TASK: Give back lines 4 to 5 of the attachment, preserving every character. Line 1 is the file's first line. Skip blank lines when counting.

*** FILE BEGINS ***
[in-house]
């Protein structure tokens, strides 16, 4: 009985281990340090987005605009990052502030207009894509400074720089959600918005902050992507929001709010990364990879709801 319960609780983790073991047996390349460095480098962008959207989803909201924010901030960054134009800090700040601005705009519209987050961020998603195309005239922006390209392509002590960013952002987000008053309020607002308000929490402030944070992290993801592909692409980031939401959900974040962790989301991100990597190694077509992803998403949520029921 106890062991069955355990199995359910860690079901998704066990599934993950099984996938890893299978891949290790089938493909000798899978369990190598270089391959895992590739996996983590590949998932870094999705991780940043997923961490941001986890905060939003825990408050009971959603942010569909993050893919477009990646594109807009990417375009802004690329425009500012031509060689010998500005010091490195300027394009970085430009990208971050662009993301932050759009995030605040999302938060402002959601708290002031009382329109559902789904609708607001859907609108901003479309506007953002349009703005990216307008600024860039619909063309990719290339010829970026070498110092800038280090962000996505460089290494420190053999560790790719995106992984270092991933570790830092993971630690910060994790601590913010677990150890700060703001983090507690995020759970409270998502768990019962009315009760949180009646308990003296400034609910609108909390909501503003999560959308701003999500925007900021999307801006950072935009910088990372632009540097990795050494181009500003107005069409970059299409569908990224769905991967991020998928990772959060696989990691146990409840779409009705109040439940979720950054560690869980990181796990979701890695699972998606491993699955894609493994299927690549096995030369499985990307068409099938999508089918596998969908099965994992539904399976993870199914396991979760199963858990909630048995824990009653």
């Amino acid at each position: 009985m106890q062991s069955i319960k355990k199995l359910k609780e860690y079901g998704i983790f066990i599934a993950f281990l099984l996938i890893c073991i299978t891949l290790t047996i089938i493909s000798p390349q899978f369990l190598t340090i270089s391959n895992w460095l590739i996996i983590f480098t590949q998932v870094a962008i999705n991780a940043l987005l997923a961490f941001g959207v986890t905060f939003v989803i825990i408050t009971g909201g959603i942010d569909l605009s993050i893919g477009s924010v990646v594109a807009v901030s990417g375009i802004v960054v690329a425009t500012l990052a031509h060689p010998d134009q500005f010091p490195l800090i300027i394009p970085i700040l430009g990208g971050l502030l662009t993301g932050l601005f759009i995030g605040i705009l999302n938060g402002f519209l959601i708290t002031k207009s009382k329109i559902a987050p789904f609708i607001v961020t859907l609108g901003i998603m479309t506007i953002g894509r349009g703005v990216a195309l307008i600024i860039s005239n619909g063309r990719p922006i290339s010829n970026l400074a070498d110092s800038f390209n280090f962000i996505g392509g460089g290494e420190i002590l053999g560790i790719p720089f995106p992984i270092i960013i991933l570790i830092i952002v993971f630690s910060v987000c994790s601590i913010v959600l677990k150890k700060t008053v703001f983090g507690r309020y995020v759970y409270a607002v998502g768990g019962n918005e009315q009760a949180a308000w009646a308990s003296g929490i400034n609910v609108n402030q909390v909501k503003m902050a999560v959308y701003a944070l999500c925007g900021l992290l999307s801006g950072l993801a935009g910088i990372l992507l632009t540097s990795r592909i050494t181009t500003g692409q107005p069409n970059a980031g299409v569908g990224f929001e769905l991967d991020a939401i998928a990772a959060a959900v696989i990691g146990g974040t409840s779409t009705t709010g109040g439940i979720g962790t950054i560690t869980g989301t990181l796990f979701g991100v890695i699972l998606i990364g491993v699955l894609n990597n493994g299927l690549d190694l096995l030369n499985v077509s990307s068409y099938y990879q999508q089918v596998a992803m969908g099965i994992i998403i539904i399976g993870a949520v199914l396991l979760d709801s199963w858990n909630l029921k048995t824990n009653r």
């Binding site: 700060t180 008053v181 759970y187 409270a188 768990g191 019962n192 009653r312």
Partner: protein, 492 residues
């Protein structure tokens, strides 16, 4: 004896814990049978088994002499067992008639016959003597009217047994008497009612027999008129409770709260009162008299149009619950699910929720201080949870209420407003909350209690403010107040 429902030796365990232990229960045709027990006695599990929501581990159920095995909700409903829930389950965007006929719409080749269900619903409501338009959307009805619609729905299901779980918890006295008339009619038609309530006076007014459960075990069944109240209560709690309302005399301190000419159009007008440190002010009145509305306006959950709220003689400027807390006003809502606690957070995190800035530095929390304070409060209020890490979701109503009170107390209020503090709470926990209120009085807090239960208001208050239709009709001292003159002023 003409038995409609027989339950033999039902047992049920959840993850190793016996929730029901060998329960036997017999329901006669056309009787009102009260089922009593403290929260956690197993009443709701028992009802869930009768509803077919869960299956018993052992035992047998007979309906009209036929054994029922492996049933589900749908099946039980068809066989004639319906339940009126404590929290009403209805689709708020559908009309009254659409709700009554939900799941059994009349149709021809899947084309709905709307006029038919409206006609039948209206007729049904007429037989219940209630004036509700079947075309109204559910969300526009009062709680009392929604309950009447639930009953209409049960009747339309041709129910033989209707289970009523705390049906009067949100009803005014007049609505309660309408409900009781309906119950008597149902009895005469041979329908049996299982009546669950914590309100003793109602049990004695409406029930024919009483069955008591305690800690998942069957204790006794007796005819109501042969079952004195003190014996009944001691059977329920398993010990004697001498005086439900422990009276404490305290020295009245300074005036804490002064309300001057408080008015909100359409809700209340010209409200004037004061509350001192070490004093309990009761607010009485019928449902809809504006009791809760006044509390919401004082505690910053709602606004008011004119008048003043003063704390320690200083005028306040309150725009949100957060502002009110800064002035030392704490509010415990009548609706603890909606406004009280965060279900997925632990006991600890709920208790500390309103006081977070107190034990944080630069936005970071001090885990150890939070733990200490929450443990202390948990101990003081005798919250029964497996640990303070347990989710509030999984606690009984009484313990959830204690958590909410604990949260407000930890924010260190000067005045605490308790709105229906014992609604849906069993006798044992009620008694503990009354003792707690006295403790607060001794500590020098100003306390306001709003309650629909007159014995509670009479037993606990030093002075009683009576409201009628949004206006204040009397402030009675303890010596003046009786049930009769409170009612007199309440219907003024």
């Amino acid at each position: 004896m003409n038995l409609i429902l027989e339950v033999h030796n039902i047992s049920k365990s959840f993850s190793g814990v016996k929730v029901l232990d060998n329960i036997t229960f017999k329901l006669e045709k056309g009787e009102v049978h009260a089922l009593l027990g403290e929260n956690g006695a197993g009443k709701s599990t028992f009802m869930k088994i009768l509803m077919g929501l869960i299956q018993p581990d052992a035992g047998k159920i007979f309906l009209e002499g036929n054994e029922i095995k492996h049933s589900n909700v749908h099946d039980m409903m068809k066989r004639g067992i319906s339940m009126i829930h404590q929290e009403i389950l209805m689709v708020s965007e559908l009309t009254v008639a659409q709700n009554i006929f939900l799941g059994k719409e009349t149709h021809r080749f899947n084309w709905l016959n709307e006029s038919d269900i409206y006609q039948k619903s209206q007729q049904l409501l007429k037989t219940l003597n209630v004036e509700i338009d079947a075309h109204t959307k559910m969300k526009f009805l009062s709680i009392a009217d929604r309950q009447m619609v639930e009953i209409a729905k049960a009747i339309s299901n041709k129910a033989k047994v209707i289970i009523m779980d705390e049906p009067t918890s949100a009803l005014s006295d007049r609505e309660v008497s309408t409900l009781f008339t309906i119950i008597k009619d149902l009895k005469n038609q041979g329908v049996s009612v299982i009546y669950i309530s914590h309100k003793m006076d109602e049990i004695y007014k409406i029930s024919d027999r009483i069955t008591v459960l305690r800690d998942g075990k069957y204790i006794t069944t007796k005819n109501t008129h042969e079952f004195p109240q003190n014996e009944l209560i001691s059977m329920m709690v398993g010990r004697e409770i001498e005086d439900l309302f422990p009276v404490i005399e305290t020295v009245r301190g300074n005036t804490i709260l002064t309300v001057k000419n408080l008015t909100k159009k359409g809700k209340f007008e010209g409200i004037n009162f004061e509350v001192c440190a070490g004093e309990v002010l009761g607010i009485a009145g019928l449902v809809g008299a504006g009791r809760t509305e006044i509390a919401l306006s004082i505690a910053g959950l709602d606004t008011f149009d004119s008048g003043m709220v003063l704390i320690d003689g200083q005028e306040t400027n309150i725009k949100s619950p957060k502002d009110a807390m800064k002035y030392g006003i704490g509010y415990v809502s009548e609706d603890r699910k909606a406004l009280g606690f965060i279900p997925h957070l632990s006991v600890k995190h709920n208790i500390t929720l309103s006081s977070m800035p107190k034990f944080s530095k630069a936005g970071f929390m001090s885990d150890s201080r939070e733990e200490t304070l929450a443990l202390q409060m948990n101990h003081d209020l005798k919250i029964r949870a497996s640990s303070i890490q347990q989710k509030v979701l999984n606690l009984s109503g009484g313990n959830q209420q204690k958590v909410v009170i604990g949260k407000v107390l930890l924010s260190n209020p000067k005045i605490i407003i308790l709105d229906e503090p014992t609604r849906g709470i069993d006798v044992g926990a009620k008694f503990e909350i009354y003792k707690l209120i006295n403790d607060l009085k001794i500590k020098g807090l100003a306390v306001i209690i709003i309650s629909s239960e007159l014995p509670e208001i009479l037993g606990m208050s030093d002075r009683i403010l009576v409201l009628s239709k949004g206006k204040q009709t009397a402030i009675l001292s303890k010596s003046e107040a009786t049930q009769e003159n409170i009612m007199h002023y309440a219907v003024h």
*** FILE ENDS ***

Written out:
């Binding site: 700060t180 008053v181 759970y187 409270a188 768990g191 019962n192 009653r312």
Partner: protein, 492 residues